Dow Jones Industrials 32,846.45 +2.97%, S&P 500 4,130.44 +4.26%
Nasdaq Composite 12,390.69 +4.70%, US Ten Year 2.660%
West Texas Intermediate $98.19
During the Johnson Administration in the mid-1960’s his economic advisor Arthur Okun created the “misery index,” a tool to measure how the average American might be faring under the economy. It was a simple construct, merely adding the inflation figure to the unemployment rate to produce the index. From the chart below, the index understandably reached its peaks during the Great Depression of the 1930’s, and the “Stagflation” of the late sixties through the early eighties.
Where is the index now? It was subdued in the previous decade, with low inflation and plenty of jobs. And while there was a pandemic spike in early 2020, it was very short-lived as the economy recovered rapidly. Now it is surging. The current reading of 12.66 is up from 11.29 one year ago and 8.0 at the beginning of 2021. These reflect changes respectively of 12.12%, and a very disturbing 57.5% over the past year and a half.
Are we headed for a repeat of the 1970’s period of high inflation and unemployment? Back then the politicians refused to question their fiscal policies and instead blamed inflation on exogenous events like oil embargoes and the Vietnam War. Yet when those shocks subsided, inflation remained. Retrospective analysis revealed that these were not significant causal factors but only increased inflation on the margins. The primary cause was persistent, overly accommodative monetary policy. The same situation holds today, with government officials deflecting blame for their poor fiscal policies on the war in eastern Europe and its effects on fossil fuel supplies. Further spending indiscipline like the “slimmed down” $1.1 trillion “Build Back Better” program congress will soon pass will add more unnecessary liquidity to the markets and make the Fed’s job only more difficult.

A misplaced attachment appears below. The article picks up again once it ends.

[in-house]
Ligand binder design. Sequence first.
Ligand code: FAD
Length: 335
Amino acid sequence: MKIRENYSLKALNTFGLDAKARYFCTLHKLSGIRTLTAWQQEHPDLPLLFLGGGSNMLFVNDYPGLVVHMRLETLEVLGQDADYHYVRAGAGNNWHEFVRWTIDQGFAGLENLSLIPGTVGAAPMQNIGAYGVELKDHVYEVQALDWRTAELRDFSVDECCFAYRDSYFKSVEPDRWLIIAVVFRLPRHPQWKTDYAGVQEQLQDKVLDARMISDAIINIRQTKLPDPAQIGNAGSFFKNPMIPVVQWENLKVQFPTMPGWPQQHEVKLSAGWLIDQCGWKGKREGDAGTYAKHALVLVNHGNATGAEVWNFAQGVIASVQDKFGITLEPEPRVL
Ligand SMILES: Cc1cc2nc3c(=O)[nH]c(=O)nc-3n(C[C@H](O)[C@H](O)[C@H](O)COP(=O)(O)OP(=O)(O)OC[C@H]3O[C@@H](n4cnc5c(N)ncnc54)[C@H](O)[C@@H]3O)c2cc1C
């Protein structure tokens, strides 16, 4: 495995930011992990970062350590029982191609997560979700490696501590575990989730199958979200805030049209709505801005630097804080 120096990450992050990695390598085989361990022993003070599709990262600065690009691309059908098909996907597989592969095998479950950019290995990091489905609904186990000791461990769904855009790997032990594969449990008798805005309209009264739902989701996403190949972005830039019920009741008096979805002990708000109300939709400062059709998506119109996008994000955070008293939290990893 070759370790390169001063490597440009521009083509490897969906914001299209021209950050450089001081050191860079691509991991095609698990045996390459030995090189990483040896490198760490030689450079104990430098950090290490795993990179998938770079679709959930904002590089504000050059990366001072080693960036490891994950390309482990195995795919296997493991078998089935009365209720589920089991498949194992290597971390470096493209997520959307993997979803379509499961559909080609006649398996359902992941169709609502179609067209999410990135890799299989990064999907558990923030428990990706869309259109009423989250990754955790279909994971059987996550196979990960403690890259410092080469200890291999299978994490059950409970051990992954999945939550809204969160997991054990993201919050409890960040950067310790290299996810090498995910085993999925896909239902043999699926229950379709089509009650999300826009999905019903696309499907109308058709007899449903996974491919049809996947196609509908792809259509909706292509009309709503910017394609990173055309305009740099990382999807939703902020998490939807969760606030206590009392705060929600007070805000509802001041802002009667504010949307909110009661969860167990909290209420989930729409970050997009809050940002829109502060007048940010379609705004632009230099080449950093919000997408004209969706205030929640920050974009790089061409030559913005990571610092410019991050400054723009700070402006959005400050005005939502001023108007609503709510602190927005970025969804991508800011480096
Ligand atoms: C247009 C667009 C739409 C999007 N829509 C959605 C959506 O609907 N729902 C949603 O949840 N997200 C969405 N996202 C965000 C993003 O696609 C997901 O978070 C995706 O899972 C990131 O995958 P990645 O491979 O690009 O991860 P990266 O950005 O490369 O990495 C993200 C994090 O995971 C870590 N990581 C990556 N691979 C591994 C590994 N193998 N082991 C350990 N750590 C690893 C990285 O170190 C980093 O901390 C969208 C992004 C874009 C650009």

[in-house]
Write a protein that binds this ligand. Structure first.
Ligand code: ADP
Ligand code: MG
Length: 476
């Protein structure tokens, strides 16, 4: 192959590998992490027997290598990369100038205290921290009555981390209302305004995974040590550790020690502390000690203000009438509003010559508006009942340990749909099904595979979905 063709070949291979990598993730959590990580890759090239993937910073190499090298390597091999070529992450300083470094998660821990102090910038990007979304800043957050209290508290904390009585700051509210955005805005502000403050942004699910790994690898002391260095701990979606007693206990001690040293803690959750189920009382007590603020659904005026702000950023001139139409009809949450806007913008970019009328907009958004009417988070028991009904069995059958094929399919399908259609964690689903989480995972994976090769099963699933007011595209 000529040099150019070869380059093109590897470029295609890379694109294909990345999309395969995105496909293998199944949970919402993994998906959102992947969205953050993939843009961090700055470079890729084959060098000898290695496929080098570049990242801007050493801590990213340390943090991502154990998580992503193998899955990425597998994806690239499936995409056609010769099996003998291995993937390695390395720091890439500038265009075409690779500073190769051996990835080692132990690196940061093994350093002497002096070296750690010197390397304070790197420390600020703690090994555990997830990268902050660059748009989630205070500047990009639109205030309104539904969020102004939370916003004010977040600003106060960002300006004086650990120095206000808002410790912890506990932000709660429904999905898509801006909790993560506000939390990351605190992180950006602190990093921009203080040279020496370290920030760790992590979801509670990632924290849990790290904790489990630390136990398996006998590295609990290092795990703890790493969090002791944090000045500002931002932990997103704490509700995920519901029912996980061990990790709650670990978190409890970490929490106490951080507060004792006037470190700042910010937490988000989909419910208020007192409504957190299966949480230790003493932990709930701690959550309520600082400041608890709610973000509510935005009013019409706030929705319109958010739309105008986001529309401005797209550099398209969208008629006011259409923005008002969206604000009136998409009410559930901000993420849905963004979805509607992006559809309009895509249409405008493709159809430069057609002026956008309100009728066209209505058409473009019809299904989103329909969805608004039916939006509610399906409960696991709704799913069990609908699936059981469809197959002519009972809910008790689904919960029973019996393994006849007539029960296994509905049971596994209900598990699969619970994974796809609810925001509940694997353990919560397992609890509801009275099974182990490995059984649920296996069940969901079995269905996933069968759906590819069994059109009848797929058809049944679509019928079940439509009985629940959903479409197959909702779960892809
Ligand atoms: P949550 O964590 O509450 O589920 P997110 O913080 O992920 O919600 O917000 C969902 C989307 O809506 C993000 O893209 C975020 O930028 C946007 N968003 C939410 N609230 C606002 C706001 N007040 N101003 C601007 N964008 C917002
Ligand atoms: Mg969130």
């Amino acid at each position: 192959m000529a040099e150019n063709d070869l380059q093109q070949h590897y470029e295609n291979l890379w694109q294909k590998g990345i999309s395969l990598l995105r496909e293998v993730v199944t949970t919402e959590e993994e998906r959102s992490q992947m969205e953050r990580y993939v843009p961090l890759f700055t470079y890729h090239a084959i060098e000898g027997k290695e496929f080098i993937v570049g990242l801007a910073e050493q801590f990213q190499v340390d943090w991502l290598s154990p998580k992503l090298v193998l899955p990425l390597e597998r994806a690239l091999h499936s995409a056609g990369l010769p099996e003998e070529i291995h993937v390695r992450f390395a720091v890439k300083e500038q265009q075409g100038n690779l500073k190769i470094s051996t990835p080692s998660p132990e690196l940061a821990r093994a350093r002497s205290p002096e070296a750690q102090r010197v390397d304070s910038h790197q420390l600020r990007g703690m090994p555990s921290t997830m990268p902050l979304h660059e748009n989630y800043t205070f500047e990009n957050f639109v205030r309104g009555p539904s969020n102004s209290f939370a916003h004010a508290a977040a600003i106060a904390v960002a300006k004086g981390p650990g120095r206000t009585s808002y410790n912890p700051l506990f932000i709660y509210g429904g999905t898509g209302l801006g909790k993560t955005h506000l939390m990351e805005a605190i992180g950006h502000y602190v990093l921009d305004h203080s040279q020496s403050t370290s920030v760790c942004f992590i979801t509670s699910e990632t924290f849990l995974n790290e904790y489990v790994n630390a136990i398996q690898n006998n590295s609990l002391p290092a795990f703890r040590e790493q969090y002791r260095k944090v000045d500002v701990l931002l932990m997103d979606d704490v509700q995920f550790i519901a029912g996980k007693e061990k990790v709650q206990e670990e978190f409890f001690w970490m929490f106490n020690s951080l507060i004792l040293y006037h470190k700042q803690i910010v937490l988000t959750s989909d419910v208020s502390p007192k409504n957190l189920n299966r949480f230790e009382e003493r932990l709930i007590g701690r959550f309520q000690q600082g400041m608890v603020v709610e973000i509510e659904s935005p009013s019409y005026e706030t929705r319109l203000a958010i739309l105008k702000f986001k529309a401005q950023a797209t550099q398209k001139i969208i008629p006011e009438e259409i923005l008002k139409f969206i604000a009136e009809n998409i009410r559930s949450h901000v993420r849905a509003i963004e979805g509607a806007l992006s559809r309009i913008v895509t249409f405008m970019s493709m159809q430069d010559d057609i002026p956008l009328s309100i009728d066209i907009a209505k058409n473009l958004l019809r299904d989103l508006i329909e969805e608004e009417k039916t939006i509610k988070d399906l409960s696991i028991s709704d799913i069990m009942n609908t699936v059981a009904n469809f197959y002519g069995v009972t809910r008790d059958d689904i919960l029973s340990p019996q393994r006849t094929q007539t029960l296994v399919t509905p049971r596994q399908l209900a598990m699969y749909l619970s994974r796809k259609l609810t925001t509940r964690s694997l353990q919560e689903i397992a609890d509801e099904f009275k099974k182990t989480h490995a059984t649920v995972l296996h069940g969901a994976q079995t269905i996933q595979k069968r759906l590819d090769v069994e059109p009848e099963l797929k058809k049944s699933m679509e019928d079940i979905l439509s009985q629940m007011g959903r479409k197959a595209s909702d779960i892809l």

The periodic rallies we have been seeing in stocks have all the earmarks of bear market rallies. They are based on the hope that the worst of inflation may be behind us, and the Fed will stop raising rates sooner rather than later. For a good analysis of why this is wrong, an article from the CFA Institute “The Fed Isn’t Bluffing: The Real Threat of an Upside-Down Depression” is convincing. The gist of the article is the adage “Don’t Fight the Fed” returns, but in the opposite direction. While low rates power stocks upward, higher interest rates will persist and continue to be a drag on stocks.
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